Students’ sexual health campaign

STUDENTS at Great Yarmouth College have crossed subject boundaries to work together to devise effective and creative sexual health messages for their peers.

Health and social care students are busy collaborating with design and media students hoping their ideas will be chosen for a widespread community campaign aimed at teenagers and young people.

Detailed research about sexual issues that affect young people has been carried by second year health and social care students.

Their findings, themes and statistics have been passed on to art, design and photography students who are translating them into hard-hitting posters and visual messages.

Media students will be making a film based on the research, experiences and messages.

Six health and social care students were so affected by their research they are now going on to take an extra qualification in volunteering so they can work as peer mentors in college for sexual health.

They realised there was still stigma and misinformation about sex and sexual health among young people and wanted to offer practical help.

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Their posters, film ideas and messages will be presented to health professionals at a special event on Valentine’s Day at the Burrage Centre at the James Paget University Hospital.

Former JPH consultant Hugh Sturzaker invited students’ ideas after the success of the anti-binge-drinking film, One Drink Too Far, made by two Great Yarmouth College students Charlie Baldwin and Siobhan Barrow.

Posters by design students from Great Yarmouth College were also used for that campaign.

This time students will pitch their ideas – a maximum of 20 posters from each college - against designs and messages from students from East Norfolk Sixth form College, Gorleston and Lowestoft College.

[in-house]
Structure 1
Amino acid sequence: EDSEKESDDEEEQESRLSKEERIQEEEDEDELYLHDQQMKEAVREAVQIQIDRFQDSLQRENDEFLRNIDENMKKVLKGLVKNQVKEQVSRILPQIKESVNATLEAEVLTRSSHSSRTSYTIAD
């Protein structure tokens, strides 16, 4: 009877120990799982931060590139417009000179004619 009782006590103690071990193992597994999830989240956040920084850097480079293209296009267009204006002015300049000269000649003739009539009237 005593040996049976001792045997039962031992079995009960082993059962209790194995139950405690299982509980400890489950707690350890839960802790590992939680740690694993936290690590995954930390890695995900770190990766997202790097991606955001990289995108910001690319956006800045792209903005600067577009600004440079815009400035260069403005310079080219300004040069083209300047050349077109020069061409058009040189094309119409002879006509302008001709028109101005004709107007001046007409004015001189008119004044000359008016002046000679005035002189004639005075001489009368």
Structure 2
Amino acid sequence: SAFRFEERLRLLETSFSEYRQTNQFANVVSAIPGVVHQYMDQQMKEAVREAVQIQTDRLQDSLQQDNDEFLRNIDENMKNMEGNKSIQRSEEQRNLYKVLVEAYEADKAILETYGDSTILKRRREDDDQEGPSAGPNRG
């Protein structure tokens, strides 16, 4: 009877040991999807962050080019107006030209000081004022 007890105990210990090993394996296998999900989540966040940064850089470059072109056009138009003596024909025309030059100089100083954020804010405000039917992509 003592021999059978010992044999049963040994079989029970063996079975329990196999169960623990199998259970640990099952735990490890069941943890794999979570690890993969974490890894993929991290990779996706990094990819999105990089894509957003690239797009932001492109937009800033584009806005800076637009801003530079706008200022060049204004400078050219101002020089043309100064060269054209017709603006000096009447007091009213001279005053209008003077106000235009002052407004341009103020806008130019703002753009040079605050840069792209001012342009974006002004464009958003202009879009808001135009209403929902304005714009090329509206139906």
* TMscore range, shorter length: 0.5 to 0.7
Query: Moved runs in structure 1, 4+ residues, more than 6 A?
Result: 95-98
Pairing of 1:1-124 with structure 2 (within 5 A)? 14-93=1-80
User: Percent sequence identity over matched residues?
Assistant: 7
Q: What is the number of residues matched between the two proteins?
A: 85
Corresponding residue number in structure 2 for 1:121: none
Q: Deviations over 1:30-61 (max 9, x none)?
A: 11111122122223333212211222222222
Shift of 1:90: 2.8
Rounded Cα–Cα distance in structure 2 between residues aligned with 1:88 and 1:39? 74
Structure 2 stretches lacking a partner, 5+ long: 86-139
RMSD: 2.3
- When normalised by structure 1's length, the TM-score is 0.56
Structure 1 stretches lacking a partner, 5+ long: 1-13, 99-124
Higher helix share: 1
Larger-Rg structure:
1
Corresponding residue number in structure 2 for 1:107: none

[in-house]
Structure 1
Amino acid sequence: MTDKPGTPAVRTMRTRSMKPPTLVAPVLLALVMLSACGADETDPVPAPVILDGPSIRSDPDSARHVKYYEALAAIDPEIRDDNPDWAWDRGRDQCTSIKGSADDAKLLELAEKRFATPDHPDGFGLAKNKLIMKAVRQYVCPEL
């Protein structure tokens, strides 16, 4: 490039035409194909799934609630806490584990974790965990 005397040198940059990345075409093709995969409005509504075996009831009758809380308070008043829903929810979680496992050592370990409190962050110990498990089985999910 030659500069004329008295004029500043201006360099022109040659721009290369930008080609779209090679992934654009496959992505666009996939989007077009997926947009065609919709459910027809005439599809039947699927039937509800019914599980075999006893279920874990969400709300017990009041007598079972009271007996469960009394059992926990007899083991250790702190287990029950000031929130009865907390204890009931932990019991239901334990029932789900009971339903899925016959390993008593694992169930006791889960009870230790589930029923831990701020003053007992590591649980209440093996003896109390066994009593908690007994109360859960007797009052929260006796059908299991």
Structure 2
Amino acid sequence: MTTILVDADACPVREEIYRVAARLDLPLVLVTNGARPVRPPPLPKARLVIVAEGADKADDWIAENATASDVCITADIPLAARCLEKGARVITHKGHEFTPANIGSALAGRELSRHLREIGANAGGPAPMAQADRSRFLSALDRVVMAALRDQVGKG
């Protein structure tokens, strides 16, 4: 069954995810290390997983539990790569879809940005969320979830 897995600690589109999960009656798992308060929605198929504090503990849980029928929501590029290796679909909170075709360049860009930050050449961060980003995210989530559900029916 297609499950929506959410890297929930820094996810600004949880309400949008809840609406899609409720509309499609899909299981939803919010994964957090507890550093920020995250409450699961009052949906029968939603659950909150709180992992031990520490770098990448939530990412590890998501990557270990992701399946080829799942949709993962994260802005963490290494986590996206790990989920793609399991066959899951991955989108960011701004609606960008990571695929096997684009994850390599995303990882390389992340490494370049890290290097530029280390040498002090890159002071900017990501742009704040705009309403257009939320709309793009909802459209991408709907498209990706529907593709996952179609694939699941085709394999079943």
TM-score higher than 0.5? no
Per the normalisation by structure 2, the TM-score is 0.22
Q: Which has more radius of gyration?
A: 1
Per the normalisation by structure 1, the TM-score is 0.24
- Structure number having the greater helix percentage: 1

The concepts and ideas chosen by the judges will be used as the campaign.

It is the first time health and social care students have worked with art students on a joint project at Great Yarmouth College.

Course leader Amanda Reeve said the students had worked hard researching local problems in sexual health as well as national and global issues.

“They came up with reasons why the Great Yarmouth area had increased teenage pregnancies and one in four young people between 14 and 25 have Chlamydia.

“The main thing that my students have come up with is that accessing contraception like condoms is still difficult. There is still a stigma attached to young people having sex. They still have to walk in somewhere and ask for condoms and they find it difficult because they feel this stigma.

“They also feel that people don’t know how to use protection properly and that is something the peer mentors want to address.

“They have also identified that when they were at school a lot of the relationship issues and use of contraception wasn’t really addressed so there are still many stigmas and schools are not as pro-active as they should be.”

The project will form part of the students’ graphic design unit and will count towards their final qualification.